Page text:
‘Education Reforms Will Weed Out Unqualified Teachers’

The Director-General of the Ghana Education Service (GES), Professor Kwasi Opoku-Amankwa, has given an assurance that the pursuit of teacher education and professional reforms will help weed out unqualified teachers whose conduct tarnishes the image of the teaching profession.

According to him, the reforms would require a paradigm shift from the basic recruitment of teachers with diplomas to degree-holding teachers, a move that would enable teachers to possess comparable qualifications just like other disciplines.

“For us at the Ministry of Education (MoE) and the GES, it will also cut down the number of teachers who absent themselves from the classroom to attend sandwich and other programmes,” he added.

Event

Addressing the 45th annual conference of managers of educational units in Accra, the director-general said “the reforms also have the potential of enhancing our salaries”.

“If we are able to get licences for our teachers, it will help safeguard the profession, give us the opportunity to weed out those who do not qualify but mix up with us and invariably tarnish our image as professionals,” he said.

The five-day event is on the theme: “The new educational reform: The role of educational units”.

Participants, who include managers of educational units across the country, will, among others, discuss issues that will help promote the new educational reforms, especially the new curriculum in mission schools.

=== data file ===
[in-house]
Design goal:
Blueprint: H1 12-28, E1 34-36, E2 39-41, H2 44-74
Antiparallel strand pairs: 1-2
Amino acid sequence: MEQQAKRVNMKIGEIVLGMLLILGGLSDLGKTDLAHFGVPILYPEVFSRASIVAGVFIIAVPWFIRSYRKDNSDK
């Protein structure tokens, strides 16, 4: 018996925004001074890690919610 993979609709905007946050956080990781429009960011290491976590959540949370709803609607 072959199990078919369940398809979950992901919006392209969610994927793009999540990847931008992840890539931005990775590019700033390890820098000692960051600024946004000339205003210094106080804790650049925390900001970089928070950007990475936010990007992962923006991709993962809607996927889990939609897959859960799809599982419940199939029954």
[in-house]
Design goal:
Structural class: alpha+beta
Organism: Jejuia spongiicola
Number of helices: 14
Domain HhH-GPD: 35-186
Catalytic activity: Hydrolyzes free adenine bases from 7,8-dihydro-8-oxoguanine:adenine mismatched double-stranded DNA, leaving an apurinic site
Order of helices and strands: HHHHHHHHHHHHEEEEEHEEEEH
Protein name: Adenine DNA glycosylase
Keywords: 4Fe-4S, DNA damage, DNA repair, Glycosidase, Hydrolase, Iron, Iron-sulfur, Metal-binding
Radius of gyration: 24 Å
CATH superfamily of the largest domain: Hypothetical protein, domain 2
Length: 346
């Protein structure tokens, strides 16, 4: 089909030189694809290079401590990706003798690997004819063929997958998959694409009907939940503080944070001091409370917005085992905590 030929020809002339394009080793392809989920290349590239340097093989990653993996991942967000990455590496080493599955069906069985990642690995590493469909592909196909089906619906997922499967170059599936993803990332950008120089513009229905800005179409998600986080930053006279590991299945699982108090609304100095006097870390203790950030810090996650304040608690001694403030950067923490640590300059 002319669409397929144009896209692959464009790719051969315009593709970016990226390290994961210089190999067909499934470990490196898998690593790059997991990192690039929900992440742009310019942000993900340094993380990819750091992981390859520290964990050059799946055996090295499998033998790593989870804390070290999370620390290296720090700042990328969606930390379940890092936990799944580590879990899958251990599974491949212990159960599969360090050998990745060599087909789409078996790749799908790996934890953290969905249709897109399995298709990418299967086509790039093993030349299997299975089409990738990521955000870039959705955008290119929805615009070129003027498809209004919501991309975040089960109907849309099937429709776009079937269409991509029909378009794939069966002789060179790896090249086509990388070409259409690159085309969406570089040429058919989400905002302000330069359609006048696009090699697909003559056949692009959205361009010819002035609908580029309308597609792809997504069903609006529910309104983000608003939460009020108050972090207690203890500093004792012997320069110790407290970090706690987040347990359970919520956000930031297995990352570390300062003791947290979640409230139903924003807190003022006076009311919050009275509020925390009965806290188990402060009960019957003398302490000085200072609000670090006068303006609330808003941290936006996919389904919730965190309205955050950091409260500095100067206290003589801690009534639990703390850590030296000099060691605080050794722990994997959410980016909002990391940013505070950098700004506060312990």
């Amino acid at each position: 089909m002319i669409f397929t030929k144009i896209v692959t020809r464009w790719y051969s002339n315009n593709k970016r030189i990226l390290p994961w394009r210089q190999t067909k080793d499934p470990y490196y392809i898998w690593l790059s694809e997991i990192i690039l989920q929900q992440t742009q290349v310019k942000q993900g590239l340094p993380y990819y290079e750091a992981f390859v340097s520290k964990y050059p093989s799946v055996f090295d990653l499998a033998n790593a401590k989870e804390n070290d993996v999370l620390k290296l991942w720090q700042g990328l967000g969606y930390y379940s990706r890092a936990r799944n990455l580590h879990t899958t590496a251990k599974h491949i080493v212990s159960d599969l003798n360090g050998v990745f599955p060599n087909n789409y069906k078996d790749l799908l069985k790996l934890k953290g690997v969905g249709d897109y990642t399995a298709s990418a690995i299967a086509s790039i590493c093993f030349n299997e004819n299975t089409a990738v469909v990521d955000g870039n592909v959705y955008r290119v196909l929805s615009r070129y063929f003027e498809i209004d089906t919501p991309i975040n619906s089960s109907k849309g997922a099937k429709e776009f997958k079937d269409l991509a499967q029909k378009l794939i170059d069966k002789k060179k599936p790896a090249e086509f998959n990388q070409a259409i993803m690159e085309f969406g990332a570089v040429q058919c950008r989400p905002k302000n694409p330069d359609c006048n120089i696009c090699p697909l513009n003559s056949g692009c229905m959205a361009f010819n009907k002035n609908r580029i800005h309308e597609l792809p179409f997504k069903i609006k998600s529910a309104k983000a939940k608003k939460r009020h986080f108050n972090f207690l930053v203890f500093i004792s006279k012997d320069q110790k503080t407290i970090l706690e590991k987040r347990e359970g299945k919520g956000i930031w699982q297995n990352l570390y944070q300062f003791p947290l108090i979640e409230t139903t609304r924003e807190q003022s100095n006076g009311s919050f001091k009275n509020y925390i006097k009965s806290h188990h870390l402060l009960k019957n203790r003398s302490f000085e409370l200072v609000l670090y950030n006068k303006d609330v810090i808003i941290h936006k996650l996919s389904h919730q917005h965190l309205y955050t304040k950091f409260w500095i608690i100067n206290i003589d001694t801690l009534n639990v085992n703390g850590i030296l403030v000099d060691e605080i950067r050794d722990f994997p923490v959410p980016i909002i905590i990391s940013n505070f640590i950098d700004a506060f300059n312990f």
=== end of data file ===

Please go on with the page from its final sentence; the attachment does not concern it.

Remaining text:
Approach

Prof. Opoku-Amankwa explained that the reforms would be carried out in a holistic manner to reform curricula, teacher education, infrastructure, textbooks, among others.

According to him, the world was changing so fast that it required stakeholders in the educational sector, including managers of education units, to bear the responsibility of preparing students for the future.

“We need to constantly review our curriculum to catch up with the times and constantly upgrade ourselves as managers and teachers who will be delivering the curriculum.

“There are many complaints within the educational industry and general complaints about the quality of the students we churn out. Sometimes we have people who come out of our universities but cannot write complete curriculum vitae to get jobs.

“In a bid to address such weaknesses, there is the need to develop a curriculum that will teach some core competencies such as critical thinking, problem solving, collaboration, teamwork, networking, digital literacy and creativity,” he added.

Concerns

The President of the Presbyterian University College, Rev. Prof. Emmanuel Addo Obeng, expressed worry over the failure of various educational reforms to recognise the existence of heads of educational units, let alone their roles in the management and administration of mission schools.

He also expressed disappointment at the way transfers and posting of teachers to and from mission schools were done, sometimes without recourse to the heads of educational units, and blamed the challenge on the poor relationship between district directors of education and the heads of mission schools.

“The missions’ role is just limited to influencing the appointment of heads of mission schools, and sometimes it is at the whims of the Ministry of Education,” he claimed.

Prof. Obeng, who is a former Vice-Chancellor of the University of Cape Coast, further opined that educational units might find themselves irrelevant in the scheme of education in the country if their roles were not properly defined.

He called on missions to help resource their institutions in the areas of infrastructure, logistics, visitations and provision of incentives to attract more teachers.

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